What You Should Know About Vaginismus
Characterised by persistent or recurrent spasm of the outer third of the vagina any time penetration is attempted, vaginismus can make sexual activity and medical exams difficult to impossible.
Symptoms of vaginismus can vary in severity. Some women are able to have sex, but it is painful, while others are able to use tampons, but cannot have penetrative sex. For some, it is impossible to insert anything into their vagina. It is a physical issue, not an arousal issue, as many women with vaginismus can still have orgasms through clitoral stimulation.
It is not fully understood why vaginismus occurs, but there are many physical and emotional factors that can play into vaginismus. They include:
- Thinking that sex will be painful
- Painful experiences the first-time having sex
- Previous sexual abuse
- Thinking your vagina is too small for sex
- Relationship problems
- Fear of pregnancy
- Damage to the vagina, such as from childbirth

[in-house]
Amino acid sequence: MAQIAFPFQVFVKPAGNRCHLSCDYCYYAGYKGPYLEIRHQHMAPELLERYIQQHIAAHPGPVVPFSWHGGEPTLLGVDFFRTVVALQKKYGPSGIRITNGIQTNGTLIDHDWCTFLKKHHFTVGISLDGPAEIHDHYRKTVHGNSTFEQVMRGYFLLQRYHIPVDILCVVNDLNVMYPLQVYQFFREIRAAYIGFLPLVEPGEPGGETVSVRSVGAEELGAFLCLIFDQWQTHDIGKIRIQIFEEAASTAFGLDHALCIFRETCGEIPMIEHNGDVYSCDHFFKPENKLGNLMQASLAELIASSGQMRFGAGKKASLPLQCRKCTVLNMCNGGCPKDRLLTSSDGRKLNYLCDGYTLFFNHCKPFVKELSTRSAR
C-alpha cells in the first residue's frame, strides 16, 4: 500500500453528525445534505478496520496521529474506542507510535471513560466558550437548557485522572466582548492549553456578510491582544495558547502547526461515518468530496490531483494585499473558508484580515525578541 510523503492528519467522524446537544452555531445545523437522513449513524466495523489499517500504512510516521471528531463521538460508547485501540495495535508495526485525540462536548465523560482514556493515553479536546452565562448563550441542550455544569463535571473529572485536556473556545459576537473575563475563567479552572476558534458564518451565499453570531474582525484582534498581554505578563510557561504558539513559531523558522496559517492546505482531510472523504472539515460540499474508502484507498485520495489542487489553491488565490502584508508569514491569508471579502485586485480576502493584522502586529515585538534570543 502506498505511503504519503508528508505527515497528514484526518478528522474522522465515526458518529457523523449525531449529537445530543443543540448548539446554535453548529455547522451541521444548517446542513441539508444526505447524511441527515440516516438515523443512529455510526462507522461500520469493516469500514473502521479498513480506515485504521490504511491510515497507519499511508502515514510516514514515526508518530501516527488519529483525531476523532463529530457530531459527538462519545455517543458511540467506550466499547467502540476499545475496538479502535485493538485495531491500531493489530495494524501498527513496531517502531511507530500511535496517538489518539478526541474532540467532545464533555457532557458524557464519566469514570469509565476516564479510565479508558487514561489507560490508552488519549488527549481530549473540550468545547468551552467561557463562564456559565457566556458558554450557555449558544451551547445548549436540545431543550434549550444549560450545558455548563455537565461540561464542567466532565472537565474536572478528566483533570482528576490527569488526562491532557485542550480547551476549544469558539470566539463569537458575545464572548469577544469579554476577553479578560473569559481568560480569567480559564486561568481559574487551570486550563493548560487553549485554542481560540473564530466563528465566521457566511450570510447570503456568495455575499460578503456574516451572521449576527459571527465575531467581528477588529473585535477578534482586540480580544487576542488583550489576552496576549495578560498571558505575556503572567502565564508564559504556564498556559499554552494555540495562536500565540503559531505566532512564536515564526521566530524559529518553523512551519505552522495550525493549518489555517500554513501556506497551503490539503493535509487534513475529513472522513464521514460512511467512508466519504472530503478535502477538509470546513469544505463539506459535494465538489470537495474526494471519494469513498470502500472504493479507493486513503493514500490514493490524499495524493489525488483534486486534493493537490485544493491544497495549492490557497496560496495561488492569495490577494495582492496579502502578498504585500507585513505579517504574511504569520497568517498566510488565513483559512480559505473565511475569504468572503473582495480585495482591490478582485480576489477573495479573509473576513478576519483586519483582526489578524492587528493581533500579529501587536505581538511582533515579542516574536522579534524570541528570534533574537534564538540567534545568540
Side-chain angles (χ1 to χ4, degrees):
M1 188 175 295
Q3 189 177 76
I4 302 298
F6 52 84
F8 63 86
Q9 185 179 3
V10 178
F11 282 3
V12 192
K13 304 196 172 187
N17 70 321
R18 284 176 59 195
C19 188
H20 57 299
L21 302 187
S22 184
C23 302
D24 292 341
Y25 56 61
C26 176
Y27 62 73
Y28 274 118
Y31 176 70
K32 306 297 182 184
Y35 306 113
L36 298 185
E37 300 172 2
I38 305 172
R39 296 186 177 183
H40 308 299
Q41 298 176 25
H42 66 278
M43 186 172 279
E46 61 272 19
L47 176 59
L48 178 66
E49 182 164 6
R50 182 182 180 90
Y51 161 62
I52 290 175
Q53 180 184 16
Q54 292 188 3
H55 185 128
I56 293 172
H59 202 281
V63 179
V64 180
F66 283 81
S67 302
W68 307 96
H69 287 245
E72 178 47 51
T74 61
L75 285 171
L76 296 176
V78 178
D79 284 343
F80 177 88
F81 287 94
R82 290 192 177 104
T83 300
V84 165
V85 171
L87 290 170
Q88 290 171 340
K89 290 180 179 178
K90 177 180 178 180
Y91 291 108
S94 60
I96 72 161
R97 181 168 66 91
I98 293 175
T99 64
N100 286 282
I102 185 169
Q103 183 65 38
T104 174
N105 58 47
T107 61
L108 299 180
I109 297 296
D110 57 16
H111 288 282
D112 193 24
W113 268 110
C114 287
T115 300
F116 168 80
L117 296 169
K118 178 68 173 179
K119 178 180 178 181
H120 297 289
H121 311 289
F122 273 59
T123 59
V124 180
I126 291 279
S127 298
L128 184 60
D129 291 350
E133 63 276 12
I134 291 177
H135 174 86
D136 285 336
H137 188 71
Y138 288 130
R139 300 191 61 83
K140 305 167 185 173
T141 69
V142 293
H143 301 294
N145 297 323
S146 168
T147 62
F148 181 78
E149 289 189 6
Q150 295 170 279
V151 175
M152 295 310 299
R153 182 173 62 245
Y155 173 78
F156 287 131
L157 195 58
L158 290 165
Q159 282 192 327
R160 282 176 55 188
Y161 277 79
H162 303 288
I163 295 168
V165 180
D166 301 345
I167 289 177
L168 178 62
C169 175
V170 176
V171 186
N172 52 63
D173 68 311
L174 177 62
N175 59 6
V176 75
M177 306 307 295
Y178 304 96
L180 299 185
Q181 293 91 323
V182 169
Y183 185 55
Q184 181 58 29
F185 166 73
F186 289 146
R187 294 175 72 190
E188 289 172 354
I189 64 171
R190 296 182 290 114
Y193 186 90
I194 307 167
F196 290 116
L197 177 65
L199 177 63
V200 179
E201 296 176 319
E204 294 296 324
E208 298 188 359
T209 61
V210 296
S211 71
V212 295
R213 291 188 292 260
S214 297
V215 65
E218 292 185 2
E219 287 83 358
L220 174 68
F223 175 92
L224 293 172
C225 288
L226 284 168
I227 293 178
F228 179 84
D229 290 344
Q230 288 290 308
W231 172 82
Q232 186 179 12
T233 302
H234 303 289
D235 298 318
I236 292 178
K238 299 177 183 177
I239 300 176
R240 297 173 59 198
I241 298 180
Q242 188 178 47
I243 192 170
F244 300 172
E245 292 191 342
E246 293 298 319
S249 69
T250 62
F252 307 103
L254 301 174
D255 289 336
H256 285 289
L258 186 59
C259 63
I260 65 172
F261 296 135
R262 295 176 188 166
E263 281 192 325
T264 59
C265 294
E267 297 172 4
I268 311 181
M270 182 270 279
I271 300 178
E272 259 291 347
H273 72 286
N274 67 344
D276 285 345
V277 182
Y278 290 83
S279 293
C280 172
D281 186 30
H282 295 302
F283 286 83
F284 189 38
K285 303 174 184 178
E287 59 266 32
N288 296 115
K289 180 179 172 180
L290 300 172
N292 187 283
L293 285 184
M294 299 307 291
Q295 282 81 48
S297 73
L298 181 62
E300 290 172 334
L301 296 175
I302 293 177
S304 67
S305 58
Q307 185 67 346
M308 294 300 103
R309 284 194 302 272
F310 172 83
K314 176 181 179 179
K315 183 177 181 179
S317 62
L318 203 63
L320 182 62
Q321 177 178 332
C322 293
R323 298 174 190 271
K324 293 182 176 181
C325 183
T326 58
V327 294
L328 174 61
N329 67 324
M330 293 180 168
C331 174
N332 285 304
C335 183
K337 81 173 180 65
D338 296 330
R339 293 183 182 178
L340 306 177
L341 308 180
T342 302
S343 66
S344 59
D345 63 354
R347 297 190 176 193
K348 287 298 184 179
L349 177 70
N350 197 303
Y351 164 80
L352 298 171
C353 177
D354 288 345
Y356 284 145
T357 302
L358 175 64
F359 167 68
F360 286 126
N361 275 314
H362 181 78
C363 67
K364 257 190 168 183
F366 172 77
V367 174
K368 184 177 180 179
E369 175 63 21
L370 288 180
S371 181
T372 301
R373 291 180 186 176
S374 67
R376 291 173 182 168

- Painful conditions of the vagina and surrounding area
Women with vaginismus often experience disrupted sex lives, which can lead to distress, loss of confidence and problems in their relationship. For some women, it may prevent them from starting a family, which can amplify those problems.
Gynecological and pelvic exams are also difficult or impossible, which can leave them at risk for undiagnosed sexual health issues.
Personal and relationship therapy can help individuals and couples understand any psychological causes for vaginismus, and work toward creating a solution so the woman is more comfortable having sex.
While treatment can help, it is important to note that some women with vaginismus have very intimate, loving relationships without having sex.